Sicario: Day of the Soldado
Sicario was one of the best films of 2015, and further proof that Denis Villeneuve is a director to be reckoned with. Three years later, we get Sicario: Day of the Soldado, a film that further explores the complexities of the U.S.-Mexico border, as the cartels are now trafficking terrorists across the line, and Federal Agent Matt Graver, with the help of the mysterious Alejandro, are back to shake things up. Benicio Del Toro, Josh Brolin and Jeffrey Donovan reprise their roles, and they’re joined by Catherine Keener, Isabel Moner and Elijah Rodriguez.
A Different Take
Taylor Sheridan is back as the screenwriter; however, Stefano Sollima replaces Villeneuve in the director’s seat. There’s nothing glaringly bad about this film, but with the absence of Villeneuve and Roger Deakins, as the cinematographer, there’s a noticeable drop in quality. The action is definitely gritty and gory, but you never really feel the same level of tension or danger as you do in the first film. All of the action sequences are abrupt, which is rather realistic, but the build-up to them isn’t enough to pack a punch that knocks you flat. Even if this was a stand-alone film, stripped of any comparisons to the first, it would still have that issue.
Now, the plot of this film is more complex than the first, but the way the script is handled feels a bit disjointed sometimes. There are a few subplots in the film that somewhat come together, but the fusion of those subplots might’ve been connected more naturally in better hands. Having said that, it’s all still very interesting and should have you talking after the film is over. However, I do have one significant gripe with the very end of the film because it goes against both characters mindsets and really just feels tacked on for a cleaner segue to the third film.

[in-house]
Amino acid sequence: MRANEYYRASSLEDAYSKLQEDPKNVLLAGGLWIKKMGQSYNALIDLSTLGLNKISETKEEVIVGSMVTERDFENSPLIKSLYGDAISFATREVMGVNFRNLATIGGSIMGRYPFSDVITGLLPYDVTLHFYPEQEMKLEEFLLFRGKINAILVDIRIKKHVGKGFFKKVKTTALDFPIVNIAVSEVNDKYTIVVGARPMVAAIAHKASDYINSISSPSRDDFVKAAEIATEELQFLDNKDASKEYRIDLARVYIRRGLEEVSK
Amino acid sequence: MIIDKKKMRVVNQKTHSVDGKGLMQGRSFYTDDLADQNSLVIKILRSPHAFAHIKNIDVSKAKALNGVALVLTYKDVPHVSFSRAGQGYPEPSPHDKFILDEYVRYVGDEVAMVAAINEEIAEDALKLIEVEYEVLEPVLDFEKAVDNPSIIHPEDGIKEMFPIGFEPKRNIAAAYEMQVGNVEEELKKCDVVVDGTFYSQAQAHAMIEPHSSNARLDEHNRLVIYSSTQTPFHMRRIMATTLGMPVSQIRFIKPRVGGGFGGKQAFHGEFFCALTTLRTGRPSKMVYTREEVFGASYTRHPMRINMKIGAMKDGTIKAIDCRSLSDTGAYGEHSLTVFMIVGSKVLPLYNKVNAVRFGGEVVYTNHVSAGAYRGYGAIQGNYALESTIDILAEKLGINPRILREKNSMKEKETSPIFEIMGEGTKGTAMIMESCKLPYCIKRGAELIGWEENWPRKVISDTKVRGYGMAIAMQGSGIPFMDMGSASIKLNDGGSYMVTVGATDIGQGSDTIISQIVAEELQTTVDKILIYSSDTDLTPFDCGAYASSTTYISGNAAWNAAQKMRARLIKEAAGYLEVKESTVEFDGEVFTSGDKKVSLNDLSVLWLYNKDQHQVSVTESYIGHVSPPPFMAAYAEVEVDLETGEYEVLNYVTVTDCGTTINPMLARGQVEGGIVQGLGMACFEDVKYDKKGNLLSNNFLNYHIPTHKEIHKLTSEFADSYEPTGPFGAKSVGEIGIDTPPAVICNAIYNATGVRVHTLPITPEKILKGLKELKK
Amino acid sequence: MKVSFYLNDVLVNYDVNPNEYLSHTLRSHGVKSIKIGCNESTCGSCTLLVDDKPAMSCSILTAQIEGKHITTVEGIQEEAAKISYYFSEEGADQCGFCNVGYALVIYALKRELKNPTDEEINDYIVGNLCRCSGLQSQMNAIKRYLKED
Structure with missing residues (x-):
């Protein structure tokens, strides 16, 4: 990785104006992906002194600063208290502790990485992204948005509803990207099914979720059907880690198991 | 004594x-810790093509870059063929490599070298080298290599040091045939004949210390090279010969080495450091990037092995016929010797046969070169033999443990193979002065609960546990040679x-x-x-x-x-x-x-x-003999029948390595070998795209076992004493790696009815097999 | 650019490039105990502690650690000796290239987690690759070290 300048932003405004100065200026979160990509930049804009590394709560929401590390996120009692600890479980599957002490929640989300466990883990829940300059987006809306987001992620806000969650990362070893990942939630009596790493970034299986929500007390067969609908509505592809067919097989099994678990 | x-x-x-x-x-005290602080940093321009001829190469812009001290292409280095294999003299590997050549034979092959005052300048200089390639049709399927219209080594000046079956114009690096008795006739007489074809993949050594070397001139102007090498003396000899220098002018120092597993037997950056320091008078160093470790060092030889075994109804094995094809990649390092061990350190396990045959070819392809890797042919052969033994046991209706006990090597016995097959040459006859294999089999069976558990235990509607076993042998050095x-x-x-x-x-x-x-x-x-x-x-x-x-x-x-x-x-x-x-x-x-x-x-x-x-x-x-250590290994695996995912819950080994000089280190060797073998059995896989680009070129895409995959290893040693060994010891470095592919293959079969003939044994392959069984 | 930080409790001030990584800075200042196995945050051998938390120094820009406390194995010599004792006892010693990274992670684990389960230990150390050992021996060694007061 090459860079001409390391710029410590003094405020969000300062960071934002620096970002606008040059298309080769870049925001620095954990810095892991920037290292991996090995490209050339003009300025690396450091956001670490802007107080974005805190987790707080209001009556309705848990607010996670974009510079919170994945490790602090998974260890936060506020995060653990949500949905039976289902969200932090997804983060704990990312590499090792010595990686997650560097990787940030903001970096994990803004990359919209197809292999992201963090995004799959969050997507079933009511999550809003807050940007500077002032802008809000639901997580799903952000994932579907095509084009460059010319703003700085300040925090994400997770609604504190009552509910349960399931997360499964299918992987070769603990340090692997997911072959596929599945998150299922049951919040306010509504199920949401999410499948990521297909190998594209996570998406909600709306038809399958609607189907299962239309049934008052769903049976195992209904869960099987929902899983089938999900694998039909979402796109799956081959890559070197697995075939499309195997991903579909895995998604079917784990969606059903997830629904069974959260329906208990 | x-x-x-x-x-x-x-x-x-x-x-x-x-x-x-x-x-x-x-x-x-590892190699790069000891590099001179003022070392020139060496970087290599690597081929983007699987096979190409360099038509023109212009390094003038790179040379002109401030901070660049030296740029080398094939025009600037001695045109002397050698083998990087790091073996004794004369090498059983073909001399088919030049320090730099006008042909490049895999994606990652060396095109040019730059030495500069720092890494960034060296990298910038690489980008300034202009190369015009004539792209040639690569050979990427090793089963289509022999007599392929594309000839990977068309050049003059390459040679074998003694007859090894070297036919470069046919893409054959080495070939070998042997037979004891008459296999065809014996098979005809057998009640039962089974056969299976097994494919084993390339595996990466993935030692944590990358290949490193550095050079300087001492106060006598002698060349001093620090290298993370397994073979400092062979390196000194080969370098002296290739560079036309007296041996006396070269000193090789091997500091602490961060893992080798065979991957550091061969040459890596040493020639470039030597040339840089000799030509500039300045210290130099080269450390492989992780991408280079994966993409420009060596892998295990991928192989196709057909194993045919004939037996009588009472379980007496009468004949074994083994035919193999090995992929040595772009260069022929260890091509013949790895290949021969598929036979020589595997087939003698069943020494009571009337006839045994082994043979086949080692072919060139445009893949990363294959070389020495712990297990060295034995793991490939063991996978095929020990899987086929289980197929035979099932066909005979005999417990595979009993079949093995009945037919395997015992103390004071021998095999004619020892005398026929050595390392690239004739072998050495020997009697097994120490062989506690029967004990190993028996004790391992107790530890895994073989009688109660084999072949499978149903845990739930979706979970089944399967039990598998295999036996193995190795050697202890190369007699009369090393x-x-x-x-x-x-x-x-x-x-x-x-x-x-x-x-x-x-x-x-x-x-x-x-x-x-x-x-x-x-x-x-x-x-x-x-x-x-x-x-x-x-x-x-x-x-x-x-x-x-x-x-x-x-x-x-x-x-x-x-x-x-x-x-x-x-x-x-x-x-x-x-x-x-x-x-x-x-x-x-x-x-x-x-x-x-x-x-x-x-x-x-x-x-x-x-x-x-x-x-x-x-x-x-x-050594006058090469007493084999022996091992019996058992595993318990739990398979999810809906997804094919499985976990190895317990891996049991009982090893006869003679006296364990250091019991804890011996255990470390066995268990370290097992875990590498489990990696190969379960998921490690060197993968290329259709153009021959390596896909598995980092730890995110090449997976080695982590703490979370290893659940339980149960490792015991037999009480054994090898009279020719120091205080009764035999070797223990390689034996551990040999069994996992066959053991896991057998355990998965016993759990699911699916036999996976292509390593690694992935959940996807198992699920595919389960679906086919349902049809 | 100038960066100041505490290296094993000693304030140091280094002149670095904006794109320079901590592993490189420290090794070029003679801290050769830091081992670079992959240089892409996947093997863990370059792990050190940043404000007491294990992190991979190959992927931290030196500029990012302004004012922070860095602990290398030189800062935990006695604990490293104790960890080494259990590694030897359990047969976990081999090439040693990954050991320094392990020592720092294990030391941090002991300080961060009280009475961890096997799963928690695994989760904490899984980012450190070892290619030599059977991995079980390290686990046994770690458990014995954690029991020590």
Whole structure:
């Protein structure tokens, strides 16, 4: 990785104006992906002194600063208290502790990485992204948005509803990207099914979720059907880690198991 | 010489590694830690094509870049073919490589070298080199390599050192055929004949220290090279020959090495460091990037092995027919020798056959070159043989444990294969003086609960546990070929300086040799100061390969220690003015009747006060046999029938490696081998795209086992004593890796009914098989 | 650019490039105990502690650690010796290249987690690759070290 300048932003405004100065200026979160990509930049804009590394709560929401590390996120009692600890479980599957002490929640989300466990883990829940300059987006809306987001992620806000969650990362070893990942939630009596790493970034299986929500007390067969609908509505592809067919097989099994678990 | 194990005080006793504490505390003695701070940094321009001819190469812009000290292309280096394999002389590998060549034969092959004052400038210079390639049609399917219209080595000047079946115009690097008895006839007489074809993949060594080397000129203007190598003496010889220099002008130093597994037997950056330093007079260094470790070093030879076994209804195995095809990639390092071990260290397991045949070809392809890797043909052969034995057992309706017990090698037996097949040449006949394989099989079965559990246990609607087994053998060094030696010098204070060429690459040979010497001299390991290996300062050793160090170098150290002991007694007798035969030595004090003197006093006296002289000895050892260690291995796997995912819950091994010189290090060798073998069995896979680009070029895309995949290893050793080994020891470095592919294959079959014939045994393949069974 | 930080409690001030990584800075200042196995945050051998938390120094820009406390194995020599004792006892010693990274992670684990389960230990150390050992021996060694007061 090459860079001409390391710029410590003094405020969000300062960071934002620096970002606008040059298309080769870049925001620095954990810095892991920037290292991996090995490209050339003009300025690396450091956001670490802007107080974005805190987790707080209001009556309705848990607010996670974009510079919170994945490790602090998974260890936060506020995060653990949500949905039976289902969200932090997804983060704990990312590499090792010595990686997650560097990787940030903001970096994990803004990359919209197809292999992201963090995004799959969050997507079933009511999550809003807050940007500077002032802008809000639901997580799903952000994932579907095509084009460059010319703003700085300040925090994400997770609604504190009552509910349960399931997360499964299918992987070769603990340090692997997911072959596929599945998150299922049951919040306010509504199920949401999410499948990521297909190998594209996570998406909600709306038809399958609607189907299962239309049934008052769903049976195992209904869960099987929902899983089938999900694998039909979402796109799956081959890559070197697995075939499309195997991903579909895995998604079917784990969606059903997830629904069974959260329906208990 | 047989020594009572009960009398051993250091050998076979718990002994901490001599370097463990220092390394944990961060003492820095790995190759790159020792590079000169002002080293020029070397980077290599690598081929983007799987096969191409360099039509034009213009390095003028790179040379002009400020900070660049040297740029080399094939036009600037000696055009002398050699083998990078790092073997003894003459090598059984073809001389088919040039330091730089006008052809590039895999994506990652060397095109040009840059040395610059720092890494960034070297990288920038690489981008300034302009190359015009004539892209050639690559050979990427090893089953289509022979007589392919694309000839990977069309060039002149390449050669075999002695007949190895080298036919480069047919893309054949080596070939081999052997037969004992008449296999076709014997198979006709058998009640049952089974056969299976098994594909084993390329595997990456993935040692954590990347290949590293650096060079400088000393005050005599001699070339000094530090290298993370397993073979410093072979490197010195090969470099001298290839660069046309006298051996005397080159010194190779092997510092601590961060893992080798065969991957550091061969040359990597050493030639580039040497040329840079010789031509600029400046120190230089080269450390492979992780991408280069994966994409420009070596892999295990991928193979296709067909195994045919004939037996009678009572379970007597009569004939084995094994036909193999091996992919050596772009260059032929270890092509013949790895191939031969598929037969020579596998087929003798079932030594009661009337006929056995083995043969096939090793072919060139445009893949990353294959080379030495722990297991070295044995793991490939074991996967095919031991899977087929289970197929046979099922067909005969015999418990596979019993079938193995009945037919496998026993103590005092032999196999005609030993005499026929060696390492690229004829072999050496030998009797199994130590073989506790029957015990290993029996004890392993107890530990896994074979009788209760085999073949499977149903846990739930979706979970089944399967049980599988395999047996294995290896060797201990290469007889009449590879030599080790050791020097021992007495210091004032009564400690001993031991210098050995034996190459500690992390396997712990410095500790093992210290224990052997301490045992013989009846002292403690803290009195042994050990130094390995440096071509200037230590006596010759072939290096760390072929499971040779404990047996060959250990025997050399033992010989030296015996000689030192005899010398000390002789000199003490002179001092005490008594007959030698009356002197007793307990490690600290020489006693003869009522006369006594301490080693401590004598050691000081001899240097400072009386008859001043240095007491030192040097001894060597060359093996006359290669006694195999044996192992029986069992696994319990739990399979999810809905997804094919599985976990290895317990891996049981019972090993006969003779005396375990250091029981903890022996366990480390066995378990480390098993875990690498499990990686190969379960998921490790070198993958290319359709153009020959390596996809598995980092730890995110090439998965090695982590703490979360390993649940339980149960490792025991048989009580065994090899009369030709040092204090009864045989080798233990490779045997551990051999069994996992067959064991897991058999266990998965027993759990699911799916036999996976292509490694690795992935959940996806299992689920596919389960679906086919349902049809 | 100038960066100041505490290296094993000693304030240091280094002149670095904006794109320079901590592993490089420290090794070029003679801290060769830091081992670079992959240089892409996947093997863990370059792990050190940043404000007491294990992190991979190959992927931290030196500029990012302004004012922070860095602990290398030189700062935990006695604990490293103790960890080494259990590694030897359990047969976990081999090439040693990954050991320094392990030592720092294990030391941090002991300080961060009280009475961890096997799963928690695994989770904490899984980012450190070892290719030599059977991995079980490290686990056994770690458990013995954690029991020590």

Del Toro and Brolin Are On Point
Despite its issues, the acting is top-notch, especially from Del Toro and Brolin, which is really no surprise. Del Toro as Alejandro is not as cold as he was in the first film, as he is growing, yet there is still a darkness in him that he seems to very much wants to divorce himself from, but can’t. We get to know a little more backstory about Alejandro and his tragic character is brought to life beautifully by Del Toro’s talents. On the other hand, there’s Brolin as Agent Graver, who is as funny and diabolical as ever. He’s gotten his hands dirty so much that nothing will be able to wash it off, and he knows it. This time, we get to see Brolin in more action, and he plays off Del Toro very well.
The rest of the cast give solid performances, especially Isabel Moner, who plays the daughter of a cartel king and Jeffery Donovan, a member of Graves’ team that serves as the comic relief. Catherine Keener does well too, yet she doesn’t have a whole lot of screen-time.
Sicario: Day of the Soldado doesn’t have any moral compass, and that’s probably the most interesting part of the film. We have no one to root for, we can only root for moments, making it very close to reality. It’s a bleak world we’re dropped into once again, but it’s hard to turn away from the violence and issues presented. I’ll be cautiously waiting for the third installment if only to see Del Toro and Brolin play their morally ambiguous characters one more time.